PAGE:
Saturday, 15 September 2012

You're kidney-ing me!

Broadcast journalism is one of the toughest classes I've ever had to take in my life. Mixing two of my least favourite things - camera equipment and tight deadlines - this class has proven itself to be incredibly challenging, and it has only been three weeks.

I've had my heart set on print journalism for years, but the world is changing and journalism ain't a one-trick pony anymore. I wouldn't mind diving into online journalism, but broadcast journalism is the one I'm afraid of most.

Photo by Mercy-Anne Guevarra
In my most recent class, we were assigned to shoot, edit, and write a 30-second voiceover. My partner, Tyler, and I interviewed my good friend Mercy-Anne Guevarra who just participated in the Renal Ride Glide and Stride (RRGS) with her team, Hello Kidney.

The RRGS is a marathon in which people walk, run, and cycle in support of the Kidney Foundation and those with kidney disease.

This year, the event aimed to raise $20,000 but instead raised twice that amount of $51,805.64. Guevarra's team raised $3,105, placing them fifth in the Top Teams category.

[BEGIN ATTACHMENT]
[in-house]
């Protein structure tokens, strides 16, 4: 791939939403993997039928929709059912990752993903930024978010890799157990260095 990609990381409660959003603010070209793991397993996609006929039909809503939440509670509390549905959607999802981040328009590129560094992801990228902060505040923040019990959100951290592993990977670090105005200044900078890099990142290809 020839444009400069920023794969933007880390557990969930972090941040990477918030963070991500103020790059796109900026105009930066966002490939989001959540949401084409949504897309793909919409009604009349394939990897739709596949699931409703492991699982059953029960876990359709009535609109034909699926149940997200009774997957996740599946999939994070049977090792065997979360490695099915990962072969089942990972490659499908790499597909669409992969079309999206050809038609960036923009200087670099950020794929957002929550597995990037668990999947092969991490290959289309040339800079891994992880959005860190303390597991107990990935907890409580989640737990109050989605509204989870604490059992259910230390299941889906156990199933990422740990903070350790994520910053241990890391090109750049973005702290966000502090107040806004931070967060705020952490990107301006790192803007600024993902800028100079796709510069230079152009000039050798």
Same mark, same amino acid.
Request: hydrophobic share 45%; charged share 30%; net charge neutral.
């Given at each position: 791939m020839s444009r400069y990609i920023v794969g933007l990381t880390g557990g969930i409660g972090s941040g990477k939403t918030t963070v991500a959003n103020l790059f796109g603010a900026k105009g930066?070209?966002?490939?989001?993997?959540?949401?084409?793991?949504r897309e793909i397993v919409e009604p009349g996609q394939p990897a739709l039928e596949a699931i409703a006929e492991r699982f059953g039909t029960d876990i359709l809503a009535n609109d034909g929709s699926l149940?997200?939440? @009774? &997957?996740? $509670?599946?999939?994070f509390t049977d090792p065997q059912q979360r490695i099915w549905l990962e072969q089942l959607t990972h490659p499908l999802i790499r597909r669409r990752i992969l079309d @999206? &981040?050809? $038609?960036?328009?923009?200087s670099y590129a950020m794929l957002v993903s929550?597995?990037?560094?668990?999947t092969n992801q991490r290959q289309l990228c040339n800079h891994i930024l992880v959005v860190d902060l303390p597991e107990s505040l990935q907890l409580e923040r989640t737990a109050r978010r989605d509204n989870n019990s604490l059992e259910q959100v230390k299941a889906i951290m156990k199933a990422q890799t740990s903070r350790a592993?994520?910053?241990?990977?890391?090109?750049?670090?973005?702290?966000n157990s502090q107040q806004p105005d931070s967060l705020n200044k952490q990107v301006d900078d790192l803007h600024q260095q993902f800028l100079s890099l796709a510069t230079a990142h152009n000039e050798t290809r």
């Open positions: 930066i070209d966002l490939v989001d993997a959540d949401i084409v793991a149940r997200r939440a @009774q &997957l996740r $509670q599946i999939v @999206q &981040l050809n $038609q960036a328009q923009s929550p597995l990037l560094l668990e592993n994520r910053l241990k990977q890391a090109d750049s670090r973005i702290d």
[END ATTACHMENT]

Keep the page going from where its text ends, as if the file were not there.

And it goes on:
This marathon is particularly important because kidney disease has affected Guevarra's life. Her 28-year-old sister, Cherry-Ann Guevarra, has kidney disease. And Guevarra is donating one of her kidneys to her sister.

Since Guevarra was working in the area of the campus, Tyler and I picked her up at her workplace and drove to a quiet spot in which to do the interview and shoot the footage. And we shot a lot of footage within an hour.

It wasn't until I sat down at the computer that I thought to myself, "I can't fit all of this great footage in 30 seconds!" In the end, I wrote a script that strung four to five clips together in the hopes that it would tell the amazing story of a sister's undying love. I can't help but feel like it didn't.

30 seconds is not enough for this particular story. Or maybe, if done well, it is enough. With a lot more practice in this class, maybe one day I can put together a heart-tugging tale with only a few clips. The task seems daunting, even impossible, right now.

A long time ago, Guevarra told me, "I wanted to give my sister my kidney so she can have a better life and so she can have children." Even soap opera writers can't come up with stuff like this. During our interview this week, I kept hoping she would say something of this magnitude that I can use for the voiceover, since I can't ask her straightforwardly. I know the rules.

Television is a great medium for this story. In print, I can describe what's going on, but viewers should see with their eyes who Guevarra is, listen to her talk about how important her sister is, and simultaneously feel a sad tightness in their chest and a tug on their heart when she reveals that she is making the huge sacrifice of giving away a piece of her so that her sister can live.

It took me three weeks, but I'm finally understanding why broadcast journalism is a great way to share a story.

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